Emmanuel Addeh in Yenagoa
The Nigerian Content Development and Monitoring Board (NCDMB) has disclosed that at least 1,000 Nigerians have now taken over the jobs previously executed by expatriates in the oil and gas industry.
Speaking during a capacity building workshop for media stakeholders in Port Harcourt, Rivers State, the Executive Secretary of NCDMB, Mr. Simbi Wabote, stressed that the move had helped to reduce the huge payments to foreigners and employed highly skilled Nigerians in the sector.
The programme was themed: “Strategic Communication as a Critical Pillar for the Attainment of Nigerian Content 10-year Roadmap,” and was organised by the NCDMB.
Represented by the General Manager, Corporate Communications and Zonal Coordination, Dr. Ginah Ginah, Wabote also dismissed insinuations that the board was out to nationalise businesses owned by foreigners, arguing however, that Nigerians who have built capacity to carry out such tasks must be considered.
He added that with the efforts of the board, a lot of the components now used in the oil and gas in the country were being produced in Nigeria, with the objective to hit 70 per cent participation or domiciliation by Nigerians in the next few years.
He said: “I have explained this before. We are not saying that everybody should go. But in line with the NOGICD Act, we have also been able to send away about 1,000 expatriates. This is allowed by the Act and it’s because these particular people were doing jobs that Nigerians can do.
“You will see an expatriate, in fact at the Brass LNG, they came to our office when they were setting up and part of their submissions to the NCDMB was about personnel; so, we saw security adviser, who was an expatriate.
“So, the executive secretary told the people that Nigeria fought in the First World War, the Second World War; we have had our own wars and we are tackling Boko Haram and you are telling us we don’t have experienced persons to take over security management?”
He maintained that where it is obvious that Nigerians are on top, the board which was created in 2010 would continue to encourage Nigerians who have built capacity over the years to take over.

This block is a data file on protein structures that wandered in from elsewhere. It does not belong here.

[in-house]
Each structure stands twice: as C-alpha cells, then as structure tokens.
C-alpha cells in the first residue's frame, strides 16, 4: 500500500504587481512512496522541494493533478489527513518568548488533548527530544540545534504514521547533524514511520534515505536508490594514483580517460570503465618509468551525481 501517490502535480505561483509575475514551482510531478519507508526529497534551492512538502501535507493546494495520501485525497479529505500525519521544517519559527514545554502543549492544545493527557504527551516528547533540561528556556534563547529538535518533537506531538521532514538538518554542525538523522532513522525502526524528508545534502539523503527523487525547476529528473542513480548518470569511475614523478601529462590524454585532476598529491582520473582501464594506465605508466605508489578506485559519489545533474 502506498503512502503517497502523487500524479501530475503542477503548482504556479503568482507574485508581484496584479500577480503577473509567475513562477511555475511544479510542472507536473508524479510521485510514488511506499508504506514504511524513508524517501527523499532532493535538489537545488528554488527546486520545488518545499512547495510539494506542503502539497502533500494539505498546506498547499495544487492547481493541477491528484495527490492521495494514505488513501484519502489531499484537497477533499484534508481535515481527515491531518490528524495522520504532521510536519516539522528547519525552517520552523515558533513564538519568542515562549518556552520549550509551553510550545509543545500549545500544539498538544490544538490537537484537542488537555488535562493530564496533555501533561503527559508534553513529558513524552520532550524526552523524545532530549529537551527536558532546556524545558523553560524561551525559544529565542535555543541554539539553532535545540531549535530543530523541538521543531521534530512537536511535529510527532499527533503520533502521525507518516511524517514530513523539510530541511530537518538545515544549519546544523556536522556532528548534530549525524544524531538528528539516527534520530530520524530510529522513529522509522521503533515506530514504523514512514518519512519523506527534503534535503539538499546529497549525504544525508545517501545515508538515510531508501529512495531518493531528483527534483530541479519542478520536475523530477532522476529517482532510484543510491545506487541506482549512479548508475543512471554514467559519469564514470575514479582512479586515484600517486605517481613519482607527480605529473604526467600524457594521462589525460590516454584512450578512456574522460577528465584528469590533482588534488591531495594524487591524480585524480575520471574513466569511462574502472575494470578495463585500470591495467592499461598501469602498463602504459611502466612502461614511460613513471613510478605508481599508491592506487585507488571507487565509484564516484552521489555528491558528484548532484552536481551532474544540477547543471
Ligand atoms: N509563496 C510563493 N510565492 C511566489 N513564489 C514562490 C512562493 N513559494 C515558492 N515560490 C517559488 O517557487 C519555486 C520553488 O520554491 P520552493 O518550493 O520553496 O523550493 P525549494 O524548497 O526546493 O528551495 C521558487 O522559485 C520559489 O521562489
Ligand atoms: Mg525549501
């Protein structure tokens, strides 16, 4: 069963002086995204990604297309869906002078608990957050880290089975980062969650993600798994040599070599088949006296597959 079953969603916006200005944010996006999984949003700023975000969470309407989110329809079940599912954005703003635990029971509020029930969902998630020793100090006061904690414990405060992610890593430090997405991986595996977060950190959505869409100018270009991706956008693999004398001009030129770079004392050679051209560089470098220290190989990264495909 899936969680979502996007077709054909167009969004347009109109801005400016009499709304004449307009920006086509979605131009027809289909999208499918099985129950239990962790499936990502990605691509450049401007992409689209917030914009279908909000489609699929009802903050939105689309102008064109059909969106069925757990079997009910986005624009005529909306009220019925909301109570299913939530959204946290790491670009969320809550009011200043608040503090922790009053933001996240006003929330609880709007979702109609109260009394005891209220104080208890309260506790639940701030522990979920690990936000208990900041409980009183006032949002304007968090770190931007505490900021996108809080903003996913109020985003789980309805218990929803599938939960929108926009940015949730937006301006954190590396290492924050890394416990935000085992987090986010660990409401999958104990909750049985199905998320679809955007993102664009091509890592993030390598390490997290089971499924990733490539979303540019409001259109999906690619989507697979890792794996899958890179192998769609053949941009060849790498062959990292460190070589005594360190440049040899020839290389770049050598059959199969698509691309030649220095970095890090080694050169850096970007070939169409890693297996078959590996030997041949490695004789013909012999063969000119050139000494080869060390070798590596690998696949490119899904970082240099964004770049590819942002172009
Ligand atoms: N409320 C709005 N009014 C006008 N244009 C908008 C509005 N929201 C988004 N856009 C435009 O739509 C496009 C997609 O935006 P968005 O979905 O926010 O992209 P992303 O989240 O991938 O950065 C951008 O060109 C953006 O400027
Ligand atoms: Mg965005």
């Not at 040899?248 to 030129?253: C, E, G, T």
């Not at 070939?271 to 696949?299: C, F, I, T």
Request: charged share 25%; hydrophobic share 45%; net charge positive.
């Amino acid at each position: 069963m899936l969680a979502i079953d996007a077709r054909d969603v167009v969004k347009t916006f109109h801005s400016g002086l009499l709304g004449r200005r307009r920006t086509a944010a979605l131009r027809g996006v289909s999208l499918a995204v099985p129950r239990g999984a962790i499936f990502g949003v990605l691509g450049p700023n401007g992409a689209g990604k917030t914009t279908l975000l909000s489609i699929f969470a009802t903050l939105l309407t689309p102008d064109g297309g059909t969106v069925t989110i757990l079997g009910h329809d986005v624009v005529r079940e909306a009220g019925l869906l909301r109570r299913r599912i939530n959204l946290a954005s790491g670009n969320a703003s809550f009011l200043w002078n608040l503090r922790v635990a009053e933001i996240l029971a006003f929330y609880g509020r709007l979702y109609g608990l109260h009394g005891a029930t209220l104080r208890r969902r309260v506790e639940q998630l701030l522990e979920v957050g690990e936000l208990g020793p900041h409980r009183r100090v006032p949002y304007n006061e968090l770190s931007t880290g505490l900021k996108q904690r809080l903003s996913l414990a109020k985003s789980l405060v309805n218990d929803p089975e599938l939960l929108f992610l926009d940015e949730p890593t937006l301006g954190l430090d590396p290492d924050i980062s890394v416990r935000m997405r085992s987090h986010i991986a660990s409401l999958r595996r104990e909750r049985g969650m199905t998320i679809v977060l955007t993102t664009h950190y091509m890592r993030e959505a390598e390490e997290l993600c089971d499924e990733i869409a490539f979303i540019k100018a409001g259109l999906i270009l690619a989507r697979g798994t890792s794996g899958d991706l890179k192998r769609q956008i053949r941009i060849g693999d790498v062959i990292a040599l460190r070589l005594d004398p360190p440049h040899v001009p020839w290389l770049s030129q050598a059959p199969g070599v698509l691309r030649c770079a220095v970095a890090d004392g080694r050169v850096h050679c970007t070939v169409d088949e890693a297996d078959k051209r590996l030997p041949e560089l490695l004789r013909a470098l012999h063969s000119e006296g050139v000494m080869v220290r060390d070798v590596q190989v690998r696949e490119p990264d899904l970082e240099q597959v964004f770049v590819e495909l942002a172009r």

Wabote said that the NCDMB was proud of its achievements in the last few years, explaining that in recent times , even for some of the biggest projects in the industry, Nigerians have continued to deliver.
“For the EGINA project, all the Nigerian components there – there were no complaints. In fact, everything was delivered on time and with high quality. So, local content promotes domestication and domiciling of operation in-country. We are not saying they should go away. But they must do it in-country and they must operate in the same space as Nigerians,” he said.
According to him, the NCDMB had embarked upon the training of Nigerians totalling over 560, 000 man- hours across Egina contracts, including the construction of several large-scale new fabrication yards in Nigeria, especially Africa’s first FPSO integration quay .
The efforts of the board he said, had also added about 200,000 barrels of crude oil per day into Nigeria’s oil production, representing about 10 per cent of current production.
Wabote listed the 5,000 barrels-per-day capacity Waltersmith modular refinery in Ibigwe, Imo State, which would be commissioned in 2020, and the Azikel modular refinery 12,000 hydro scheming facility which will be ready for commissioning in 2021 as some of the achievements of the NCDMB.